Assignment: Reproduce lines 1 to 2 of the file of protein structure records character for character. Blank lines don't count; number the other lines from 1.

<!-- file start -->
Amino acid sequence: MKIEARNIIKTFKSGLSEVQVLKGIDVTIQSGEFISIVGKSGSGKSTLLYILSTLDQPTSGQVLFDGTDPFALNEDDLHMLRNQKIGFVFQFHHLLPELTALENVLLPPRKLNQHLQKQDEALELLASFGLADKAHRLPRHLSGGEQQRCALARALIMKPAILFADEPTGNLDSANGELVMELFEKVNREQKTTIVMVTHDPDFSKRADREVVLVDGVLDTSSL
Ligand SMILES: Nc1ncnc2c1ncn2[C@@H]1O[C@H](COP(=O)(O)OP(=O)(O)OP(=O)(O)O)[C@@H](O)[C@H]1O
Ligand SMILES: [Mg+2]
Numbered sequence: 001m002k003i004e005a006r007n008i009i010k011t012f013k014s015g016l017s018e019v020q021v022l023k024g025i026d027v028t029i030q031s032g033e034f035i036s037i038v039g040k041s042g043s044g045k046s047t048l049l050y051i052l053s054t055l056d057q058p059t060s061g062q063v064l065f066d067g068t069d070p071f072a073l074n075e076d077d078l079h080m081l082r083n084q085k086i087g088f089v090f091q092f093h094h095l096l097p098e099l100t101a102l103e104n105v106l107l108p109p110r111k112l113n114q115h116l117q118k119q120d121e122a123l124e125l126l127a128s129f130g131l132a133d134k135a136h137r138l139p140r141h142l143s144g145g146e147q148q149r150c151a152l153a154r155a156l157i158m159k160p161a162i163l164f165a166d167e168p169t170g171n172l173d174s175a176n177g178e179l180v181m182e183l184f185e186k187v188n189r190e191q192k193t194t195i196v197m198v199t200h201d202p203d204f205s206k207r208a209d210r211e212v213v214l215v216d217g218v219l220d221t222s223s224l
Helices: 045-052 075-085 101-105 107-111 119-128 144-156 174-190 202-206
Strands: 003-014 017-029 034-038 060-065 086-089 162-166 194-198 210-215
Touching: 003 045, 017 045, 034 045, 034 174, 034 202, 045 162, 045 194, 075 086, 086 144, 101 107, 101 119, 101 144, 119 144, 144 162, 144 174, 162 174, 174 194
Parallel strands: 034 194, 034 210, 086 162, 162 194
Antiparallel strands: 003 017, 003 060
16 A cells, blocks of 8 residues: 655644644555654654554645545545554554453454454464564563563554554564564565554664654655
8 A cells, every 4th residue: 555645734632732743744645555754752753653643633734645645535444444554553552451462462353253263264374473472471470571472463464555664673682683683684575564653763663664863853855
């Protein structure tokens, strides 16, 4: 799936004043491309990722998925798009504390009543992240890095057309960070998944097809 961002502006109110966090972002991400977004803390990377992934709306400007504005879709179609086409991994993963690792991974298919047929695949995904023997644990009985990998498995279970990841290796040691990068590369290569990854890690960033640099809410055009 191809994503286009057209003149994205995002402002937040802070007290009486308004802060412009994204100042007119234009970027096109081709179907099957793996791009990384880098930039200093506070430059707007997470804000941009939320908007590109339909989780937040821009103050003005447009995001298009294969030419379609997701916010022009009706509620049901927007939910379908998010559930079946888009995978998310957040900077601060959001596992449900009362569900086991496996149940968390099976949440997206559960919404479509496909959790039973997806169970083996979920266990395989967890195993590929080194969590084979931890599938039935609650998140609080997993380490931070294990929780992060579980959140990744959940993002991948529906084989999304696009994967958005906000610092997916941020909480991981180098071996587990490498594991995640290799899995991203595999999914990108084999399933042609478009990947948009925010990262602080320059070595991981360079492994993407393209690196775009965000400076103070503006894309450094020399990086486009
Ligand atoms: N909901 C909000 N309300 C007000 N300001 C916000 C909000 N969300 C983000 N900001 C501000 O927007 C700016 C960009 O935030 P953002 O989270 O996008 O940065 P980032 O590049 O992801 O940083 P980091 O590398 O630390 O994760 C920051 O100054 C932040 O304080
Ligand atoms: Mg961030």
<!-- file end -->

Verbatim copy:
Amino acid sequence: MKIEARNIIKTFKSGLSEVQVLKGIDVTIQSGEFISIVGKSGSGKSTLLYILSTLDQPTSGQVLFDGTDPFALNEDDLHMLRNQKIGFVFQFHHLLPELTALENVLLPPRKLNQHLQKQDEALELLASFGLADKAHRLPRHLSGGEQQRCALARALIMKPAILFADEPTGNLDSANGELVMELFEKVNREQKTTIVMVTHDPDFSKRADREVVLVDGVLDTSSL
Ligand SMILES: Nc1ncnc2c1ncn2[C@@H]1O[C@H](COP(=O)(O)OP(=O)(O)OP(=O)(O)O)[C@@H](O)[C@H]1O